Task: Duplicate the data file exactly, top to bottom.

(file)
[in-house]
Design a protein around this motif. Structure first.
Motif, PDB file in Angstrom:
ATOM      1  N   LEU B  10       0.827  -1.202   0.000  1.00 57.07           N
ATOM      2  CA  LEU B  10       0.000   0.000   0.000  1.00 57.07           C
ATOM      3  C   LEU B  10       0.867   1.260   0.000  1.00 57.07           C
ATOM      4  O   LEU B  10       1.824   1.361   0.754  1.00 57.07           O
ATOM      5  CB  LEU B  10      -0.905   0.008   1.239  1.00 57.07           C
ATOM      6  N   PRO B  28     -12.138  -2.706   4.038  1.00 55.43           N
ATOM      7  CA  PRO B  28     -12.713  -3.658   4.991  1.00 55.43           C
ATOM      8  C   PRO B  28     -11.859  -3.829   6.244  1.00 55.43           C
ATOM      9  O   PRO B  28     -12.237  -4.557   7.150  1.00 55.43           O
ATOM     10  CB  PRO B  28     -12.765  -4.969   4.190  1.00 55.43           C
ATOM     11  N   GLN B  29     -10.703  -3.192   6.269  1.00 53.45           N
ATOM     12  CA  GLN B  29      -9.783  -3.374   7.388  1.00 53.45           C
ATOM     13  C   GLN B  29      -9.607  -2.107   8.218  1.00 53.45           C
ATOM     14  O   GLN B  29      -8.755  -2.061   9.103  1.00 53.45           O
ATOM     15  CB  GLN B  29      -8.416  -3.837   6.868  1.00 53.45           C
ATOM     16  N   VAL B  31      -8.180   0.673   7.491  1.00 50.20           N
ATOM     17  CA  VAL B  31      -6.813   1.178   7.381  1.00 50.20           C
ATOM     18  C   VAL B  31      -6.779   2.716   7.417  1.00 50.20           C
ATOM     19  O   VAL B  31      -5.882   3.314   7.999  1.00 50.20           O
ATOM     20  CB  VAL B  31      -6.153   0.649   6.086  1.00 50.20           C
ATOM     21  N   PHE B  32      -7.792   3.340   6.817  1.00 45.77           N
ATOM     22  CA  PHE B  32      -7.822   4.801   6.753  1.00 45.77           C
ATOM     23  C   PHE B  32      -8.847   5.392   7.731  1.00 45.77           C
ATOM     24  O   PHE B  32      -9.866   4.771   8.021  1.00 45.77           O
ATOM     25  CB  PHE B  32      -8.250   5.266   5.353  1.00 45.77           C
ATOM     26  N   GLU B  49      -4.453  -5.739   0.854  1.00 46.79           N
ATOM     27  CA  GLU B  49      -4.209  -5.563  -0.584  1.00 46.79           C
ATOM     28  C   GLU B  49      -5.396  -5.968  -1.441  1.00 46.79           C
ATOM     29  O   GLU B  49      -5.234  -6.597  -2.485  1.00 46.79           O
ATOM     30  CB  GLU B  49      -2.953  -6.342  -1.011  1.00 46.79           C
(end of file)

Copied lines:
[in-house]
Design a protein around this motif. Structure first.
Motif, PDB file in Angstrom:
ATOM      1  N   LEU B  10       0.827  -1.202   0.000  1.00 57.07           N
ATOM      2  CA  LEU B  10       0.000   0.000   0.000  1.00 57.07           C
ATOM      3  C   LEU B  10       0.867   1.260   0.000  1.00 57.07           C
ATOM      4  O   LEU B  10       1.824   1.361   0.754  1.00 57.07           O
ATOM      5  CB  LEU B  10      -0.905   0.008   1.239  1.00 57.07           C
ATOM      6  N   PRO B  28     -12.138  -2.706   4.038  1.00 55.43           N
ATOM      7  CA  PRO B  28     -12.713  -3.658   4.991  1.00 55.43           C
ATOM      8  C   PRO B  28     -11.859  -3.829   6.244  1.00 55.43           C
ATOM      9  O   PRO B  28     -12.237  -4.557   7.150  1.00 55.43           O
ATOM     10  CB  PRO B  28     -12.765  -4.969   4.190  1.00 55.43           C
ATOM     11  N   GLN B  29     -10.703  -3.192   6.269  1.00 53.45           N
ATOM     12  CA  GLN B  29      -9.783  -3.374   7.388  1.00 53.45           C
ATOM     13  C   GLN B  29      -9.607  -2.107   8.218  1.00 53.45           C
ATOM     14  O   GLN B  29      -8.755  -2.061   9.103  1.00 53.45           O
ATOM     15  CB  GLN B  29      -8.416  -3.837   6.868  1.00 53.45           C
ATOM     16  N   VAL B  31      -8.180   0.673   7.491  1.00 50.20           N
ATOM     17  CA  VAL B  31      -6.813   1.178   7.381  1.00 50.20           C
ATOM     18  C   VAL B  31      -6.779   2.716   7.417  1.00 50.20           C
ATOM     19  O   VAL B  31      -5.882   3.314   7.999  1.00 50.20           O
ATOM     20  CB  VAL B  31      -6.153   0.649   6.086  1.00 50.20           C
ATOM     21  N   PHE B  32      -7.792   3.340   6.817  1.00 45.77           N
ATOM     22  CA  PHE B  32      -7.822   4.801   6.753  1.00 45.77           C
ATOM     23  C   PHE B  32      -8.847   5.392   7.731  1.00 45.77           C
ATOM     24  O   PHE B  32      -9.866   4.771   8.021  1.00 45.77           O
ATOM     25  CB  PHE B  32      -8.250   5.266   5.353  1.00 45.77           C
ATOM     26  N   GLU B  49      -4.453  -5.739   0.854  1.00 46.79           N
ATOM     27  CA  GLU B  49      -4.209  -5.563  -0.584  1.00 46.79           C
ATOM     28  C   GLU B  49      -5.396  -5.968  -1.441  1.00 46.79           C
ATOM     29  O   GLU B  49      -5.234  -6.597  -2.485  1.00 46.79           O
ATOM     30  CB  GLU B  49      -2.953  -6.342  -1.011  1.00 46.79           C